If you look out of your windows, whose fence are you viewing, and do you like it? Like most homeowners, you probably inherited the fencing when you bought the house – and the previous owners may have even inherited it from the owners before them.
‘Like a well-landscaped front garden or entrance to the home, good fencing contributes to the immediate first impression someone has of your home,’ said First National Real Estate chief executive, Ray Ellis.
‘But upgrading or putting in fencing often gets neglected because it isn’t a priority or it involves dealing with the neighbours, or it’s just one more expensive renovation.’
While fencing can serve a number of practical purposes, such as keeping pets in and intruders and traffic noise out, it can also add to the appeal of a home, enhancing privacy, airflow or a home’s design features.
However, apart from the front garden or entrance, fences usually sit on boundaries shared with neighbours and according to First National Real Estate, that can be where the hard work starts.
‘Many people put off or delay improving fencing because it does involve consultation and negotiation with neighbours,’ Mr Ellis said.
‘But provided the fencing you plan to install is in line with local council requirements in terms of height and design, obtaining support and approval from neighbours is not difficult, particularly if the new fencing will improve the look and value of their home as well as yours.’

First National Real Estate’s tips for hassle-free good-looking fencing include:
·       What is the fencing meant to achieve? Do you want to keep traffic noise out, or prevent curious passers-by from looking in? Is it part of an overall garden landscape or simply a barrier to stop the dog running onto the road? ‘Defining exactly what it is you want fencing to achieve is the important starting point,’ Mr Ellis said. ‘From there, you can begin to plan next steps.’
·       Consider the design. ‘Coming up to a property, fencing immediately catches your eye,’ Mr Ellis said. ‘If it doesn’t complement the house, it can look awful.’ There are now as many fence designs and materials to choose from as any other home fixture or fitting, from the traditional picket fence, to steel, aluminium and reinforced glass. ‘As with any renovation do your homework, considering the history and character of your home and streetscape. Choose a style that is in keeping with this, and that actually works to improve the look of your home.’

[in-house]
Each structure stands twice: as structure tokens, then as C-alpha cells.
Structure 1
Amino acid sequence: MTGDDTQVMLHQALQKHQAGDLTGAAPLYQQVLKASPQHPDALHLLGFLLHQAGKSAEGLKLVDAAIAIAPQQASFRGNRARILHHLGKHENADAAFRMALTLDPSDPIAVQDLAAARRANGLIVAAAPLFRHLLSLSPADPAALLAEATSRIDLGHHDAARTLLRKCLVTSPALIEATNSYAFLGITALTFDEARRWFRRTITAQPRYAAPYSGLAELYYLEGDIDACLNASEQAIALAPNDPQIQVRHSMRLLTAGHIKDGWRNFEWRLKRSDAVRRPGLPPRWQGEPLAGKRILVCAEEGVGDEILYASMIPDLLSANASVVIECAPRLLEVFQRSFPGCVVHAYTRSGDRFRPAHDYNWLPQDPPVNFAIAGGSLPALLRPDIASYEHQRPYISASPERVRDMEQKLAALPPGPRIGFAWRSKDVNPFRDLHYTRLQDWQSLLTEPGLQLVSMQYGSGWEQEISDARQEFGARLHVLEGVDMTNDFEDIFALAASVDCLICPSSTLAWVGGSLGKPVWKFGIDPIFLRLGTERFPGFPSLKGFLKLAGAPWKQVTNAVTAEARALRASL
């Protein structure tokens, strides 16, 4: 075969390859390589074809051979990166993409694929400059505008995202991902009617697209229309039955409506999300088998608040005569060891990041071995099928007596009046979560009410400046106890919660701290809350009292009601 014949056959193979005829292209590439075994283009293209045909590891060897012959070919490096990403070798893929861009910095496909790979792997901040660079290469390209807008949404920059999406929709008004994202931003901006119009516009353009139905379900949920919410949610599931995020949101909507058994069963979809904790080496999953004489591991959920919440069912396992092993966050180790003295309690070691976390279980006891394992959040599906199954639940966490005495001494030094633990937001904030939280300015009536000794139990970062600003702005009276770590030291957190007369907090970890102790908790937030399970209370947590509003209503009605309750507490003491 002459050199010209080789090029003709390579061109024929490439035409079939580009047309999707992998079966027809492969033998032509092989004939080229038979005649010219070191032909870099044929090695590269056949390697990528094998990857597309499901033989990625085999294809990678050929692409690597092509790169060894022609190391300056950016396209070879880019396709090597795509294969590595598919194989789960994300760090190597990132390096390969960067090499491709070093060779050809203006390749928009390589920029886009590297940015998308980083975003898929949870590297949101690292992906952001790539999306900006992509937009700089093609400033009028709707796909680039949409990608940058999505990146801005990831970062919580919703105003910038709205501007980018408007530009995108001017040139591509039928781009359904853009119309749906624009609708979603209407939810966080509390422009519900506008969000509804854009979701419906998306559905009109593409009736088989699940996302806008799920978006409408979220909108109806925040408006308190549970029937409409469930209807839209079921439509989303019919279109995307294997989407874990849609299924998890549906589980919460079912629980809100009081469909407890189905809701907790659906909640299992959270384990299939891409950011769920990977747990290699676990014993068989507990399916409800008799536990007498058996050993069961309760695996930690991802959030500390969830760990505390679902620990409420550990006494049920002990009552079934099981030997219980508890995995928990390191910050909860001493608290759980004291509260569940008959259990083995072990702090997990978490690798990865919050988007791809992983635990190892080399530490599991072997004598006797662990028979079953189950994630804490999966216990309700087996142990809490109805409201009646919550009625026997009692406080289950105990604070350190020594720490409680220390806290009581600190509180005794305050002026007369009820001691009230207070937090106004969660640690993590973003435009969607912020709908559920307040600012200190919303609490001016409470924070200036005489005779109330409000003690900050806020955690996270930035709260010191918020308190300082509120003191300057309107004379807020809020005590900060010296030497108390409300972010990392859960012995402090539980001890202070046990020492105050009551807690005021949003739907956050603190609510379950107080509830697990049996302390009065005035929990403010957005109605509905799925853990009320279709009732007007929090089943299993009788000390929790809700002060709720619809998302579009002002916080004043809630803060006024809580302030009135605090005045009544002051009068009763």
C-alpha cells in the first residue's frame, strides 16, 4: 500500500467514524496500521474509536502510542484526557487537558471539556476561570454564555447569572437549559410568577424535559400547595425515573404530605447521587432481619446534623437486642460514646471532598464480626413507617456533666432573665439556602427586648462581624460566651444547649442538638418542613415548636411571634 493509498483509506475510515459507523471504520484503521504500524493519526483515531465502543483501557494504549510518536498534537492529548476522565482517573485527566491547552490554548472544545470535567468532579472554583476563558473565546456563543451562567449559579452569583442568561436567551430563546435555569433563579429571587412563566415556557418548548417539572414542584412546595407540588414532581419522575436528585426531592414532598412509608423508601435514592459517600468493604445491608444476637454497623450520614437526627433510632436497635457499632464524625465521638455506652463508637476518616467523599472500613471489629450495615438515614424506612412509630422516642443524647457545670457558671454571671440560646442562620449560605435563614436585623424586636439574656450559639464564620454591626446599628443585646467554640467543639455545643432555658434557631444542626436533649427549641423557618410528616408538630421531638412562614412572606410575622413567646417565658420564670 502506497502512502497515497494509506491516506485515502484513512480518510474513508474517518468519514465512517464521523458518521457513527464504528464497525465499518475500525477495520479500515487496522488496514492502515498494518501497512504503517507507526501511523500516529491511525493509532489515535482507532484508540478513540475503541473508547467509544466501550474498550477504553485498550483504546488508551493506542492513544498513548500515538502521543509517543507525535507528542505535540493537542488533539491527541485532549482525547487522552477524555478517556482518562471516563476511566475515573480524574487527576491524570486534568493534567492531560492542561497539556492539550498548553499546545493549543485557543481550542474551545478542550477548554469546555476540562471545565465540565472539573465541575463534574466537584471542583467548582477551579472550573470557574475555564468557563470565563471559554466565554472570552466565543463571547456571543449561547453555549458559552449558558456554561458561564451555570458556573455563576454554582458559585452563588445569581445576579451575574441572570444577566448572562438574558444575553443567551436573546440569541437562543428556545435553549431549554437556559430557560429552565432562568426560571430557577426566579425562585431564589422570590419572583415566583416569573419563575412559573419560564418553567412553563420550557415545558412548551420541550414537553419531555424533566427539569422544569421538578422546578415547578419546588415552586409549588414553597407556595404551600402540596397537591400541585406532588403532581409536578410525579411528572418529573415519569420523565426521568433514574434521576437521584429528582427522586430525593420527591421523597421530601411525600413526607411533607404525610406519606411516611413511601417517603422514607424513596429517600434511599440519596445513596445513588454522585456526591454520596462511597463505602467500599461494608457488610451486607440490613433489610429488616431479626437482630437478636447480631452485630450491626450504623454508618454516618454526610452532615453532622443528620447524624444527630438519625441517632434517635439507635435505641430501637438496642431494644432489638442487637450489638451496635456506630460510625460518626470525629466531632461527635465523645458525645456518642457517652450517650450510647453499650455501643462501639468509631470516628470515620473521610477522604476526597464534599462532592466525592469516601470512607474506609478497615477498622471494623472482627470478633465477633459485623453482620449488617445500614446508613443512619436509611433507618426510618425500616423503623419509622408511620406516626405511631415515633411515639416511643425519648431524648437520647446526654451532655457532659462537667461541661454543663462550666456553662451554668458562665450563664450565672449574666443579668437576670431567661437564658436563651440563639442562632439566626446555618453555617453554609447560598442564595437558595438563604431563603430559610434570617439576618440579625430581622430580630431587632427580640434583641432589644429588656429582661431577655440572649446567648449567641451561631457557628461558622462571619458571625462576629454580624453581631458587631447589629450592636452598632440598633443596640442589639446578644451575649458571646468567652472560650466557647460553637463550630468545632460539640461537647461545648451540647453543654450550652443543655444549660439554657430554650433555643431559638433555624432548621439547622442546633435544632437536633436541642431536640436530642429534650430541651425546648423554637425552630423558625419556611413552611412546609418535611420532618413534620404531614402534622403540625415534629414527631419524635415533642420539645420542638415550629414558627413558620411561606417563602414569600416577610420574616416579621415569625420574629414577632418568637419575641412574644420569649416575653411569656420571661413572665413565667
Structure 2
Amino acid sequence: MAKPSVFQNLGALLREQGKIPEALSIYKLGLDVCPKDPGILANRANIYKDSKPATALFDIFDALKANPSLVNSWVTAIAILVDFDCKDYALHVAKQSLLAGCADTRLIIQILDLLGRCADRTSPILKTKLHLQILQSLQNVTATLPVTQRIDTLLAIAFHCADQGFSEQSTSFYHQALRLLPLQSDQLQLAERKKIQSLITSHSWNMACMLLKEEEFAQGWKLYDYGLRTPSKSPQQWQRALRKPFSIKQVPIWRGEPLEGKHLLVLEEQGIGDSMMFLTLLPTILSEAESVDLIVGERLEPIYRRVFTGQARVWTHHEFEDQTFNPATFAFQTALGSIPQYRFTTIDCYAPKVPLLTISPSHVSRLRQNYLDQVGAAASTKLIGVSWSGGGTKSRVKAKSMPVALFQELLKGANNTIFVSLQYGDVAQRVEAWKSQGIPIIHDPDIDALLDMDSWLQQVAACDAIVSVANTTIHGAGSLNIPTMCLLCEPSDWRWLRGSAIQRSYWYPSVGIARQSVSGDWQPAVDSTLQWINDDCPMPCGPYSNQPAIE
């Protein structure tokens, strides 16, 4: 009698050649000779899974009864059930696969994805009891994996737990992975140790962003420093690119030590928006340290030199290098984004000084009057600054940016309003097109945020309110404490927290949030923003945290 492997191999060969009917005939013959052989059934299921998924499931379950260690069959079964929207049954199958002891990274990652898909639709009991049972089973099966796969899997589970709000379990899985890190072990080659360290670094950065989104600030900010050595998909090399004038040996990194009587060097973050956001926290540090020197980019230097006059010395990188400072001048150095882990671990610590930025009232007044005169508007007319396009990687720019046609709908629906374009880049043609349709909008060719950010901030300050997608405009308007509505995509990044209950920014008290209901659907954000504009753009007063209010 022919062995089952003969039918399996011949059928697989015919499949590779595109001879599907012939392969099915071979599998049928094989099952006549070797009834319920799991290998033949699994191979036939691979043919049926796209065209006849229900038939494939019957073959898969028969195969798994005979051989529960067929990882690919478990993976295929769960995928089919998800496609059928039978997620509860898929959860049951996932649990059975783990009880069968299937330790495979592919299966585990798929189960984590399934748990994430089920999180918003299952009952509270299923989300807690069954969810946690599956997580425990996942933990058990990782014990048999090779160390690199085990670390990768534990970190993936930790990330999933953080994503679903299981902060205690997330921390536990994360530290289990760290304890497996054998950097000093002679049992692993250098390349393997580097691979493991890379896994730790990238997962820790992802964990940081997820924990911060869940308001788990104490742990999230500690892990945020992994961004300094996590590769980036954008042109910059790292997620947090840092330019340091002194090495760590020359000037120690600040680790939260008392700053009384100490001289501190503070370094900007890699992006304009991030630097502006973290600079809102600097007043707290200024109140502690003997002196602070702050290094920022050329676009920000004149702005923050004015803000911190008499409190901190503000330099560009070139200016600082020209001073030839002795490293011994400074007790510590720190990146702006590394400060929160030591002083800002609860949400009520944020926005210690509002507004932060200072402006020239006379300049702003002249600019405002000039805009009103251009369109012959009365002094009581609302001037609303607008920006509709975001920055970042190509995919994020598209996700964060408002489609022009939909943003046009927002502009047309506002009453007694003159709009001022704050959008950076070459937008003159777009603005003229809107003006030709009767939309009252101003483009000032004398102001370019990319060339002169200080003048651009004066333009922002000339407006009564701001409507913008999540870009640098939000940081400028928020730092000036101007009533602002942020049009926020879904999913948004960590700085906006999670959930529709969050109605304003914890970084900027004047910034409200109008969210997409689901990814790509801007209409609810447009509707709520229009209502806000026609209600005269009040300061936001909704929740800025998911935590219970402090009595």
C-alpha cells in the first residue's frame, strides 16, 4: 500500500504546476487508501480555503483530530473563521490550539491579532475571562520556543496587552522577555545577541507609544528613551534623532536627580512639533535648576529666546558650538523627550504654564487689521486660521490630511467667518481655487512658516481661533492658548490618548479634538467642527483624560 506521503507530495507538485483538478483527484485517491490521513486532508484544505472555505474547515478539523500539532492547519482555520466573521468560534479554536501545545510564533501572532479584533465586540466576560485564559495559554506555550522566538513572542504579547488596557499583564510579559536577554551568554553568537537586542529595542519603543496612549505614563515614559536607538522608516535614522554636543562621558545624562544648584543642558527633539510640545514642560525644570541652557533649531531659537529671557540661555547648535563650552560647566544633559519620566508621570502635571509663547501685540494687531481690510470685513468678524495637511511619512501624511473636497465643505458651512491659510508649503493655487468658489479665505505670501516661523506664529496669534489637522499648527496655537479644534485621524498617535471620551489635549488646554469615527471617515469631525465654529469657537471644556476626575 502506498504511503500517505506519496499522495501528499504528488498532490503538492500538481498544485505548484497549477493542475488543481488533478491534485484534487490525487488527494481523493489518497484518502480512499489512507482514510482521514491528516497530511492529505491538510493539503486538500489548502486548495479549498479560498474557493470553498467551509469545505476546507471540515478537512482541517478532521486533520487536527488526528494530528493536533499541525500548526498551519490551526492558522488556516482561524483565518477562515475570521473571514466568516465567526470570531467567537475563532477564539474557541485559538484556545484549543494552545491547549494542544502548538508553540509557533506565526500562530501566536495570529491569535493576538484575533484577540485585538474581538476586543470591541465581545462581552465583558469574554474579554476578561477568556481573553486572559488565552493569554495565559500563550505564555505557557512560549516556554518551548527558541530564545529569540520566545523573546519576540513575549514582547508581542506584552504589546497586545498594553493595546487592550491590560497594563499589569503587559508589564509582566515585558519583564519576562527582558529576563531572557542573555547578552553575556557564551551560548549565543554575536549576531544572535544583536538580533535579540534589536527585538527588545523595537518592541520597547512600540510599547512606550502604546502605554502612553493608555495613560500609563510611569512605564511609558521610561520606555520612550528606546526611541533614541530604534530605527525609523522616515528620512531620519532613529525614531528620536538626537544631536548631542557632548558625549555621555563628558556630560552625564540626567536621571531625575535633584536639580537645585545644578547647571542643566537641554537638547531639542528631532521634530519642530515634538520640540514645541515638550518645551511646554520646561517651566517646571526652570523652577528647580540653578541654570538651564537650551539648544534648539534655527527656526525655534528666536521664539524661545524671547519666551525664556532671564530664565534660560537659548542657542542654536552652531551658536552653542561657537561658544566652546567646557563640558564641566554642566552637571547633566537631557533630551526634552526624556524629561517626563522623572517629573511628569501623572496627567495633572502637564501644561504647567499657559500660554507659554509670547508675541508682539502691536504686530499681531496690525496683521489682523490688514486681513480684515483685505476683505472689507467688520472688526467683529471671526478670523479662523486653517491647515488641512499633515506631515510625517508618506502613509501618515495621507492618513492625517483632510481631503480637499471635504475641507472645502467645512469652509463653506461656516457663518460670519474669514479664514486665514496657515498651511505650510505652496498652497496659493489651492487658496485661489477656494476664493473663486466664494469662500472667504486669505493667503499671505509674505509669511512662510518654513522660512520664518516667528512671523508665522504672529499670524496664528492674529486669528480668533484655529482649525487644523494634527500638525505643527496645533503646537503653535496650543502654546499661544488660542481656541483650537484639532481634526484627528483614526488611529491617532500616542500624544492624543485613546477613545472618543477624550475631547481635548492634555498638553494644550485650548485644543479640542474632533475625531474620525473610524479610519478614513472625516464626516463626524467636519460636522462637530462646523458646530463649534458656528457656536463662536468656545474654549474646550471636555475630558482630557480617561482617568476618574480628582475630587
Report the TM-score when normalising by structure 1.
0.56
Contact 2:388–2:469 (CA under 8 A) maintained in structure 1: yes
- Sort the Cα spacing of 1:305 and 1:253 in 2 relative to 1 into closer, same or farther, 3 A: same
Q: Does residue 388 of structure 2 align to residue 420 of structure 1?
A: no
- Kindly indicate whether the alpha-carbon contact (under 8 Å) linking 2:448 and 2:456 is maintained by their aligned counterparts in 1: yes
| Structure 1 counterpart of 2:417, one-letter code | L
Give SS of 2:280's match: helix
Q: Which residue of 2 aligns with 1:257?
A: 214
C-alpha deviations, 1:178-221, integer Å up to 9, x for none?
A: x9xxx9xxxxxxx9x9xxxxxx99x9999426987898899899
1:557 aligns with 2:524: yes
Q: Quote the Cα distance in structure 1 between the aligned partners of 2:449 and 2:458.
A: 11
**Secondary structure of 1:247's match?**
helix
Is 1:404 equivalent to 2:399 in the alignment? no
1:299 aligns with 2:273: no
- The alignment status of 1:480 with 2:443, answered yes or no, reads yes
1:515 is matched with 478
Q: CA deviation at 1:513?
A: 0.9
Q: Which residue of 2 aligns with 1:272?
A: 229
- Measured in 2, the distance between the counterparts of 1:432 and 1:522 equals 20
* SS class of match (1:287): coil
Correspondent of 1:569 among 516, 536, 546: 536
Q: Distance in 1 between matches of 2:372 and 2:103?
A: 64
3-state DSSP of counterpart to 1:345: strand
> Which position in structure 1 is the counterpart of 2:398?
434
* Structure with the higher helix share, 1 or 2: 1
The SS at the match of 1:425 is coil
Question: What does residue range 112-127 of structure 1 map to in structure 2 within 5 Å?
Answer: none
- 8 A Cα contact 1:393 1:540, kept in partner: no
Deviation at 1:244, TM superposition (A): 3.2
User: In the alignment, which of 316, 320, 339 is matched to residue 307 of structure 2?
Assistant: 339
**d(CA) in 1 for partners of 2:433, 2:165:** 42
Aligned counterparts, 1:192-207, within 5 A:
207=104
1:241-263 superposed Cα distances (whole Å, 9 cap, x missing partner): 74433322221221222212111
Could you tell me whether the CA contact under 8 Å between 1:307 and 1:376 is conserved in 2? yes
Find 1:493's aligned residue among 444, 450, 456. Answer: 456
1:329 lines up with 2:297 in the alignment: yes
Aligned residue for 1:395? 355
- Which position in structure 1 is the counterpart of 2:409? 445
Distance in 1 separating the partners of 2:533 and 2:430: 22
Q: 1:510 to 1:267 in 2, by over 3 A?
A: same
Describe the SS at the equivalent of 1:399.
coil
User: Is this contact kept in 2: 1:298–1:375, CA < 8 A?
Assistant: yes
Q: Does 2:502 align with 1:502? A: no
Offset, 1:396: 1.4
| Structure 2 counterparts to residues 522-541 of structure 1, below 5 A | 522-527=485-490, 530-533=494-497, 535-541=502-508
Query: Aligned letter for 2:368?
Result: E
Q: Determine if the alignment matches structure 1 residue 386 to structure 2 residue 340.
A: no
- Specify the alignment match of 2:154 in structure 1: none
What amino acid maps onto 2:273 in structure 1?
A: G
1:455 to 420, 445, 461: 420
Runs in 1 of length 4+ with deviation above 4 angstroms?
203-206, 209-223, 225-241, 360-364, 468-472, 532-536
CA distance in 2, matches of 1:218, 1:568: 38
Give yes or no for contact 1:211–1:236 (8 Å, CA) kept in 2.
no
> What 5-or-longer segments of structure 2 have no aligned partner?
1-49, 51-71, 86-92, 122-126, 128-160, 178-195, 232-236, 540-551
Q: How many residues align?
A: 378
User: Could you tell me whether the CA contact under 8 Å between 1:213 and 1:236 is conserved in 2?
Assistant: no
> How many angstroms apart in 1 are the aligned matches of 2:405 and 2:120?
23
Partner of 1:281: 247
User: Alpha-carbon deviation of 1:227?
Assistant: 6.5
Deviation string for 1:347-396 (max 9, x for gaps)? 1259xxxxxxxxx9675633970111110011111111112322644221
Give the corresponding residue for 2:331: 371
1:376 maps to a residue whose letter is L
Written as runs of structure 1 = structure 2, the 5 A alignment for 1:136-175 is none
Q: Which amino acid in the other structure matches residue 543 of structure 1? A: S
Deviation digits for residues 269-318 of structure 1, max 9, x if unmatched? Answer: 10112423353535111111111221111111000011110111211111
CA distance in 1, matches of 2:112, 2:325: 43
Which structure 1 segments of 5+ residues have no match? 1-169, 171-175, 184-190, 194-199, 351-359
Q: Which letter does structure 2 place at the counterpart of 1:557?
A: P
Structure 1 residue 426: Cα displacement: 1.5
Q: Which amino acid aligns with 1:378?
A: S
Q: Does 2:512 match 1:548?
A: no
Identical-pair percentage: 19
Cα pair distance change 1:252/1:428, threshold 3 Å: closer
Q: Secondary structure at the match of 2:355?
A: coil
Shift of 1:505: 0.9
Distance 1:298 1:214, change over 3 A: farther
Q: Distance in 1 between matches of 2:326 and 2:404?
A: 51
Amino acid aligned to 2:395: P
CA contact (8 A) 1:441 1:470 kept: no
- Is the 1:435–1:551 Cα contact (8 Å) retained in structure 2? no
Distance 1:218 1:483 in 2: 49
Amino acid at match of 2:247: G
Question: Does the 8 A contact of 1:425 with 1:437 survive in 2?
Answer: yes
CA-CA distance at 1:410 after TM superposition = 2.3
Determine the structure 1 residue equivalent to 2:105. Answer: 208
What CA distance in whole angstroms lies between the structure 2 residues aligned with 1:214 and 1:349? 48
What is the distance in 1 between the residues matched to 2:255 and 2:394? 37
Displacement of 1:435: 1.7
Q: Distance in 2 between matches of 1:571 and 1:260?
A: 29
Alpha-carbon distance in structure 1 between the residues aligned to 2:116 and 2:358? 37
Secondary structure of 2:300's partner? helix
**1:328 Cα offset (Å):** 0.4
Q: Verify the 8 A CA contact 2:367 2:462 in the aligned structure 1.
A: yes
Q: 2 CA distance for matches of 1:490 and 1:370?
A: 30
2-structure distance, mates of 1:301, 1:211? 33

·       Check regulations. Call your local council to check what approvals are needed — these will largely depend on the height of the planned fence, building materials and whether it cuts across the views of neighbours or traffic. ‘Also check the limits of your property line, and exactly where you are able to build,’ Mr Ellis said. ‘This is simple if you’re replacing existing fencing but very important to check if you’re installing new fencing.”
·       Talk to your neighbours. According to First National Real Estate, this can often be surprisingly straightforward. ‘Most local government authorities have pretty clear rules about what neighbours should contribute to new fencing on a joint property line, and when,’ Mr Ellis said. ‘This is particularly true when old fencing is being repaired or replaced because it has become unsightly or unsafe. However, if you want to put up expensive new fencing, as opposed to functional fencing, you may need to bear the cost yourself. As well, you will need to consider how the fencing is going to look from your neighbour’s side.’
·       Build to last. Style and materials should depend on the overall design of the house and garden, but it is worthwhile building in longevity to your new fencing. Brick and cement fences work well with more modern houses and will last longer than timber, but will also cost more, Mr Ellis said. On the other hand, timber fences are more affordable and can add character to older homes. ‘But it is important to treat timber against rot, termites and the elements, to ensure it lasts as long as possible,’ Mr Ellis said. ‘Cheaper paling fences work well for areas where appearance is not a priority.’
·       Gates. One of the most important considerations in the fencing design is how cars and people will enter and exit the property. ‘Gates need to match the style of fence you choose,’ Mr Ellis said. ‘If you’re building a fence for security, you obviously want strong gates with good locks. If you’re building a picket fence around a Victorian cottage, you need to consider how the gate will open into the garden, and create an appropriate entrance. Whatever you choose, it’s important to spend money on quality hinges, fasteners and supports, or the gate will become difficult to open.’ 

Posted by First National Real Estate
For more information, contact National Communications Manager, Stewart Bunn on 1800 032 332

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